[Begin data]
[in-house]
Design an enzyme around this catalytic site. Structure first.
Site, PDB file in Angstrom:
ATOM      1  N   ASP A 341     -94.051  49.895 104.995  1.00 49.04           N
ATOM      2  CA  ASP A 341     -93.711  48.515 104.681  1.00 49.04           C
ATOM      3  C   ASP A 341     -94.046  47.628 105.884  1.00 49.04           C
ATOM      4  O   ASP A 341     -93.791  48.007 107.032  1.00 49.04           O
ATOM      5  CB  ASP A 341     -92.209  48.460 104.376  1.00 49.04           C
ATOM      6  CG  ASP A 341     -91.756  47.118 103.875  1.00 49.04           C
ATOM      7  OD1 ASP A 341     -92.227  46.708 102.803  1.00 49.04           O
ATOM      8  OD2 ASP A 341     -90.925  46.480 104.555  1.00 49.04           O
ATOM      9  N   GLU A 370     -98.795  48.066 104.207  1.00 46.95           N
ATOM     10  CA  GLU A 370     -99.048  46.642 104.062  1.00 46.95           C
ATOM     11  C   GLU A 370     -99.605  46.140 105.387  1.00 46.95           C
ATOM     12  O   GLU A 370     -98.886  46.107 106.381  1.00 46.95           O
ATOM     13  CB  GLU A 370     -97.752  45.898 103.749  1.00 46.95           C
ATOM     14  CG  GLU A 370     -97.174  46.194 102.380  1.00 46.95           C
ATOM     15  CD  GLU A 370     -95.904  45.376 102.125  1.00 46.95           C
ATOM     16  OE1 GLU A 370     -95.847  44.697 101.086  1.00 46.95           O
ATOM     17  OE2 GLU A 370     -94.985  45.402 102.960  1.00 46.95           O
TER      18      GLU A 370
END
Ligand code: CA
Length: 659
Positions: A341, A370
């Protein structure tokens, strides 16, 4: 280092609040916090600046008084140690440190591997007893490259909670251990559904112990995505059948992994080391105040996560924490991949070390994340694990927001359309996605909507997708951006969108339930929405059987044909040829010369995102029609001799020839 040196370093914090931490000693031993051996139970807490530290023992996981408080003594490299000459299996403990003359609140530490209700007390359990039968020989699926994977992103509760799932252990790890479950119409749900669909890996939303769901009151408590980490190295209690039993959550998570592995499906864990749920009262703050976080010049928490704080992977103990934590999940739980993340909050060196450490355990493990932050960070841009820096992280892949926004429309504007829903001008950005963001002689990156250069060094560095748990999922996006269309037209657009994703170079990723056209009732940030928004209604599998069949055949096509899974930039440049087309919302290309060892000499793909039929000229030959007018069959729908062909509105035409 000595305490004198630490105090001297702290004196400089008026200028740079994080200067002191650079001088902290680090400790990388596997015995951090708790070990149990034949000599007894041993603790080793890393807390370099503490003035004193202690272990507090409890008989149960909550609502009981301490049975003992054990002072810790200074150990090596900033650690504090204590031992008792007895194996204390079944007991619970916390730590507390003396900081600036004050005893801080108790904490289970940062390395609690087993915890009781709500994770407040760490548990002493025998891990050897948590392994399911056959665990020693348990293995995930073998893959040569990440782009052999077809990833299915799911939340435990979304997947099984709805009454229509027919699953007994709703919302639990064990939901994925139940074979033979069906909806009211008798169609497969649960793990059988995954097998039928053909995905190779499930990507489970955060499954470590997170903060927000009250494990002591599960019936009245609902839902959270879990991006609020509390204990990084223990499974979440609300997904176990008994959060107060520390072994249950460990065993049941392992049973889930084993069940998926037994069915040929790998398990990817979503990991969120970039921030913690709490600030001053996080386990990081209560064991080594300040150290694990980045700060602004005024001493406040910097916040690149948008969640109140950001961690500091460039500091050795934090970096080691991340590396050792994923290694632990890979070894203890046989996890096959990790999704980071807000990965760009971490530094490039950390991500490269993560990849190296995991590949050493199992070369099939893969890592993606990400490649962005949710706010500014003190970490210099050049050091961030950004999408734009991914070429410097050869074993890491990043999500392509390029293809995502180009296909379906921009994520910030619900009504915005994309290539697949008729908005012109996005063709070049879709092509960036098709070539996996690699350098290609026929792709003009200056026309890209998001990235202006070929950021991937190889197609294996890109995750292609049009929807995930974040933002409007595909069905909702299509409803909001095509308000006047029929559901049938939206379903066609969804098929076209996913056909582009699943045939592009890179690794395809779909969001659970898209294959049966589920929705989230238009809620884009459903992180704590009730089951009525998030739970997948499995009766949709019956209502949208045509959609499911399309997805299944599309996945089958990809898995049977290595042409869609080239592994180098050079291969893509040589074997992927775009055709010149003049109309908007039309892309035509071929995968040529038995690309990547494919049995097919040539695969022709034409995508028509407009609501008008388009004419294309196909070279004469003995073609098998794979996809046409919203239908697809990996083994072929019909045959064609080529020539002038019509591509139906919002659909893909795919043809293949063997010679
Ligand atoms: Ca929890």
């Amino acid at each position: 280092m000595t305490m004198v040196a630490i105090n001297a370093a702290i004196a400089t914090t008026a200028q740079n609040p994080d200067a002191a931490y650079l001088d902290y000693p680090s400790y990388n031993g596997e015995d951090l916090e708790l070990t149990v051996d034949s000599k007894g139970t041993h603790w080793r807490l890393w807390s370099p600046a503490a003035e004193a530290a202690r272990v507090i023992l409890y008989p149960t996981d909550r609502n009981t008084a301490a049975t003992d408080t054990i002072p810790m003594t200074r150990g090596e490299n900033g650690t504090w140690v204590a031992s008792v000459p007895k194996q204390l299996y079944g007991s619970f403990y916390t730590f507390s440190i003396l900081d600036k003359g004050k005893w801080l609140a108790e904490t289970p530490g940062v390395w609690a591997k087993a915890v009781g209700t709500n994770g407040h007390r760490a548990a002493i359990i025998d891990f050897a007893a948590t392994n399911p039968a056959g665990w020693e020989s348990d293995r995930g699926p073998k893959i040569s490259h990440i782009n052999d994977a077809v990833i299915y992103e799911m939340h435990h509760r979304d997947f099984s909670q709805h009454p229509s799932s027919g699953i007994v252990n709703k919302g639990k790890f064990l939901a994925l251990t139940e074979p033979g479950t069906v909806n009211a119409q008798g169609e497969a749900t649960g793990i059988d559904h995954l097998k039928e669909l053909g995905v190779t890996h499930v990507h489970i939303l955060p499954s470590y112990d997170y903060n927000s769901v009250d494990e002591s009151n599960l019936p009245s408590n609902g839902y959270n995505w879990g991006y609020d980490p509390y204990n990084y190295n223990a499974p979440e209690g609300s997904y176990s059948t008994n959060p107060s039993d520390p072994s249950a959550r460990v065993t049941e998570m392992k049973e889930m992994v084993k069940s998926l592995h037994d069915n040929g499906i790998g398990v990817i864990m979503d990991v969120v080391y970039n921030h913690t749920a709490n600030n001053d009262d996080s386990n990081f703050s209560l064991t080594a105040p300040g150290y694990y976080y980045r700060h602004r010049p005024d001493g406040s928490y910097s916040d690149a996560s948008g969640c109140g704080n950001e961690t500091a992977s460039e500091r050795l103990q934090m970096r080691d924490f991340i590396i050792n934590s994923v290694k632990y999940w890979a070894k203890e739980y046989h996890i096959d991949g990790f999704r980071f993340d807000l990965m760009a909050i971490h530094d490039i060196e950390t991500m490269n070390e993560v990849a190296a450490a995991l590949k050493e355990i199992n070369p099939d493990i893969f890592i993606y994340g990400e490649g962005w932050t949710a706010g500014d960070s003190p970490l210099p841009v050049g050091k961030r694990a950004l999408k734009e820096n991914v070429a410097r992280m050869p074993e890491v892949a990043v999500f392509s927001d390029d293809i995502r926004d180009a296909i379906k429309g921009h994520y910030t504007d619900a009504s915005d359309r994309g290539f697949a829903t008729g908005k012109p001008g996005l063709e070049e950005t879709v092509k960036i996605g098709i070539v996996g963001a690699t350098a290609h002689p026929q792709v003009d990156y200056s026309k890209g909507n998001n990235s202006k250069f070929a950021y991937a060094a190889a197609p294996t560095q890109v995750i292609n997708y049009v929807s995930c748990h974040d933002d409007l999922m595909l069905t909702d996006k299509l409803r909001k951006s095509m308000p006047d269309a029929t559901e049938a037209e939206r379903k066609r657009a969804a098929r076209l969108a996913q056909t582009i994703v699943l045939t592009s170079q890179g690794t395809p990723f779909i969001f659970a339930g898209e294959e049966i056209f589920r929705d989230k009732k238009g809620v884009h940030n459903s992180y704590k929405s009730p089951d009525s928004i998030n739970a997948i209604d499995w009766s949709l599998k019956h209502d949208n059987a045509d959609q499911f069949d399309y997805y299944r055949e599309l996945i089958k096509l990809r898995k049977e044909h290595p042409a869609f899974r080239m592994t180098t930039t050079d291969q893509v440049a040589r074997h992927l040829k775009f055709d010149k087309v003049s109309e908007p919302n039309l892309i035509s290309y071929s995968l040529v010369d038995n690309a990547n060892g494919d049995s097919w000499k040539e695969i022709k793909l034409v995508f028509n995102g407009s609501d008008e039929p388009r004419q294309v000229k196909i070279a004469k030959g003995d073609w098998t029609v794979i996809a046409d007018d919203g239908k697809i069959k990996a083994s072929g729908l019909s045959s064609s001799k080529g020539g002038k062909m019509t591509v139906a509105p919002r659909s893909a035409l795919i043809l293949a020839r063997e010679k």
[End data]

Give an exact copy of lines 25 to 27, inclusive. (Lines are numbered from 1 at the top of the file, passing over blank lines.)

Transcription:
Positions: A341, A370
């Protein structure tokens, strides 16, 4: 280092609040916090600046008084140690440190591997007893490259909670251990559904112990995505059948992994080391105040996560924490991949070390994340694990927001359309996605909507997708951006969108339930929405059987044909040829010369995102029609001799020839 040196370093914090931490000693031993051996139970807490530290023992996981408080003594490299000459299996403990003359609140530490209700007390359990039968020989699926994977992103509760799932252990790890479950119409749900669909890996939303769901009151408590980490190295209690039993959550998570592995499906864990749920009262703050976080010049928490704080992977103990934590999940739980993340909050060196450490355990493990932050960070841009820096992280892949926004429309504007829903001008950005963001002689990156250069060094560095748990999922996006269309037209657009994703170079990723056209009732940030928004209604599998069949055949096509899974930039440049087309919302290309060892000499793909039929000229030959007018069959729908062909509105035409 000595305490004198630490105090001297702290004196400089008026200028740079994080200067002191650079001088902290680090400790990388596997015995951090708790070990149990034949000599007894041993603790080793890393807390370099503490003035004193202690272990507090409890008989149960909550609502009981301490049975003992054990002072810790200074150990090596900033650690504090204590031992008792007895194996204390079944007991619970916390730590507390003396900081600036004050005893801080108790904490289970940062390395609690087993915890009781709500994770407040760490548990002493025998891990050897948590392994399911056959665990020693348990293995995930073998893959040569990440782009052999077809990833299915799911939340435990979304997947099984709805009454229509027919699953007994709703919302639990064990939901994925139940074979033979069906909806009211008798169609497969649960793990059988995954097998039928053909995905190779499930990507489970955060499954470590997170903060927000009250494990002591599960019936009245609902839902959270879990991006609020509390204990990084223990499974979440609300997904176990008994959060107060520390072994249950460990065993049941392992049973889930084993069940998926037994069915040929790998398990990817979503990991969120970039921030913690709490600030001053996080386990990081209560064991080594300040150290694990980045700060602004005024001493406040910097916040690149948008969640109140950001961690500091460039500091050795934090970096080691991340590396050792994923290694632990890979070894203890046989996890096959990790999704980071807000990965760009971490530094490039950390991500490269993560990849190296995991590949050493199992070369099939893969890592993606990400490649962005949710706010500014003190970490210099050049050091961030950004999408734009991914070429410097050869074993890491990043999500392509390029293809995502180009296909379906921009994520910030619900009504915005994309290539697949008729908005012109996005063709070049879709092509960036098709070539996996690699350098290609026929792709003009200056026309890209998001990235202006070929950021991937190889197609294996890109995750292609049009929807995930974040933002409007595909069905909702299509409803909001095509308000006047029929559901049938939206379903066609969804098929076209996913056909582009699943045939592009890179690794395809779909969001659970898209294959049966589920929705989230238009809620884009459903992180704590009730089951009525998030739970997948499995009766949709019956209502949208045509959609499911399309997805299944599309996945089958990809898995049977290595042409869609080239592994180098050079291969893509040589074997992927775009055709010149003049109309908007039309892309035509071929995968040529038995690309990547494919049995097919040539695969022709034409995508028509407009609501008008388009004419294309196909070279004469003995073609098998794979996809046409919203239908697809990996083994072929019909045959064609080529020539002038019509591509139906919002659909893909795919043809293949063997010679
Ligand atoms: Ca929890």